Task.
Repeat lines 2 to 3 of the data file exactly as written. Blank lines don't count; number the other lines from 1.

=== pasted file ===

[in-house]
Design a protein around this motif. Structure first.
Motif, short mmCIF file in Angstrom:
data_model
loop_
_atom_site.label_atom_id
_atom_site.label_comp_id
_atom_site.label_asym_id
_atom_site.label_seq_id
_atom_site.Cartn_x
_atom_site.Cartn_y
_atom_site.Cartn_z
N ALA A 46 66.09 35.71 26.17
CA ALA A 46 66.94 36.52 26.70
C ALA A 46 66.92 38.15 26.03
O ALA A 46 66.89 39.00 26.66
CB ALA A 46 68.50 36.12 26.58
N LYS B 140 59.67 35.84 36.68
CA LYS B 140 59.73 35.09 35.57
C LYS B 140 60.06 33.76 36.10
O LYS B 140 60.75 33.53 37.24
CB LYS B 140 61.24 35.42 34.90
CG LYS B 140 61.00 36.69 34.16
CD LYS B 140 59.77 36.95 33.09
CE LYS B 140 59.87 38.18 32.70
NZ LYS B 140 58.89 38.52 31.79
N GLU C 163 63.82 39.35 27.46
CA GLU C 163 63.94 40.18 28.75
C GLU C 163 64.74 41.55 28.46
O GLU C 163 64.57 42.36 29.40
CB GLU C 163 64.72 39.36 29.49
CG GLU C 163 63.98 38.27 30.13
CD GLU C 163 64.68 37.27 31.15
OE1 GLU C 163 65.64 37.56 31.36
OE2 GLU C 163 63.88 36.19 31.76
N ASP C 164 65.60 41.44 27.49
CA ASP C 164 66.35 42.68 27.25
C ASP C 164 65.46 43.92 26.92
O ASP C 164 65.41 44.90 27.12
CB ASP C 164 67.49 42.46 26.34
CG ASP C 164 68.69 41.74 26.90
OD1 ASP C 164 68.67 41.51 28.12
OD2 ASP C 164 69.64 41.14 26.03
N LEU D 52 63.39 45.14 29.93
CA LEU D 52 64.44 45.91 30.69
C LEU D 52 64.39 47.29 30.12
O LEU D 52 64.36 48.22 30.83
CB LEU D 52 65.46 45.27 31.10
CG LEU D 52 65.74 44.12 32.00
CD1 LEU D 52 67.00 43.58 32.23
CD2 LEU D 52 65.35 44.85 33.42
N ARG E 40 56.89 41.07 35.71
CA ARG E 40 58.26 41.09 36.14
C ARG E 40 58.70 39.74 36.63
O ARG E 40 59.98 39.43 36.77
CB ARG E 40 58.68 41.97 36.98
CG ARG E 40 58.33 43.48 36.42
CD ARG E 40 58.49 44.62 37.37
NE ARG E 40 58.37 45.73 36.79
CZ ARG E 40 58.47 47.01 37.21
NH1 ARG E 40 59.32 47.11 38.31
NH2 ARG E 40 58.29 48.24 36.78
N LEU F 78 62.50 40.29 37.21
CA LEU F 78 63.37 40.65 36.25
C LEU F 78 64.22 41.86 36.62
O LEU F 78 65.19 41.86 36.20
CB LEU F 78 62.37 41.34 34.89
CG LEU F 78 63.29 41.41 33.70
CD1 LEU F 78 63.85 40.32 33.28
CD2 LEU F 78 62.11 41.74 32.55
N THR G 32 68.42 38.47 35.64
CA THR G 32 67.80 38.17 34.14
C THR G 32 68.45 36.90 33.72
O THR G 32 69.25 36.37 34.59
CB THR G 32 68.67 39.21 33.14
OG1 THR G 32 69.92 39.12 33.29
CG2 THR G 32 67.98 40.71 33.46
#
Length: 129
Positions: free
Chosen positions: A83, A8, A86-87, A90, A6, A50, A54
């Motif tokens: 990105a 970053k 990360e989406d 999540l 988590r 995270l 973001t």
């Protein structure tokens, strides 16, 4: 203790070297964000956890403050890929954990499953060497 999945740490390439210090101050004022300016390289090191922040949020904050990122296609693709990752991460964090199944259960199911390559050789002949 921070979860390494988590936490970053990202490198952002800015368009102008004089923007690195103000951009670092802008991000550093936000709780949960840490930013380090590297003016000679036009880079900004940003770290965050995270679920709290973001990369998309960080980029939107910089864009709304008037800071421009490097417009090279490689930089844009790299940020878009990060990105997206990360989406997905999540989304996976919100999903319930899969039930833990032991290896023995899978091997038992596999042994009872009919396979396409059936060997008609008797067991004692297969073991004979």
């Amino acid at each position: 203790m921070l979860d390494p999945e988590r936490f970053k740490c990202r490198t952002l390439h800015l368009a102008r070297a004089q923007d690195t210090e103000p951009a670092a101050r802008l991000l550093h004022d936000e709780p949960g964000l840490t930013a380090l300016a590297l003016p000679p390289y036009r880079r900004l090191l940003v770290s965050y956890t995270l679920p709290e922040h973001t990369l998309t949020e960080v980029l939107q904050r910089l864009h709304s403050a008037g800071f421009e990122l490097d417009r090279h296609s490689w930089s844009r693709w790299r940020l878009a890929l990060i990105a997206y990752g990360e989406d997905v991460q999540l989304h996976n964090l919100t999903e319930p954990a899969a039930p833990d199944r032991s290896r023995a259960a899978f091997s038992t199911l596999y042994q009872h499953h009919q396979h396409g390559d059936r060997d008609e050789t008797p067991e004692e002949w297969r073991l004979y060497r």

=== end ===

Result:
Design a protein around this motif. Structure first.
Motif, short mmCIF file in Angstrom: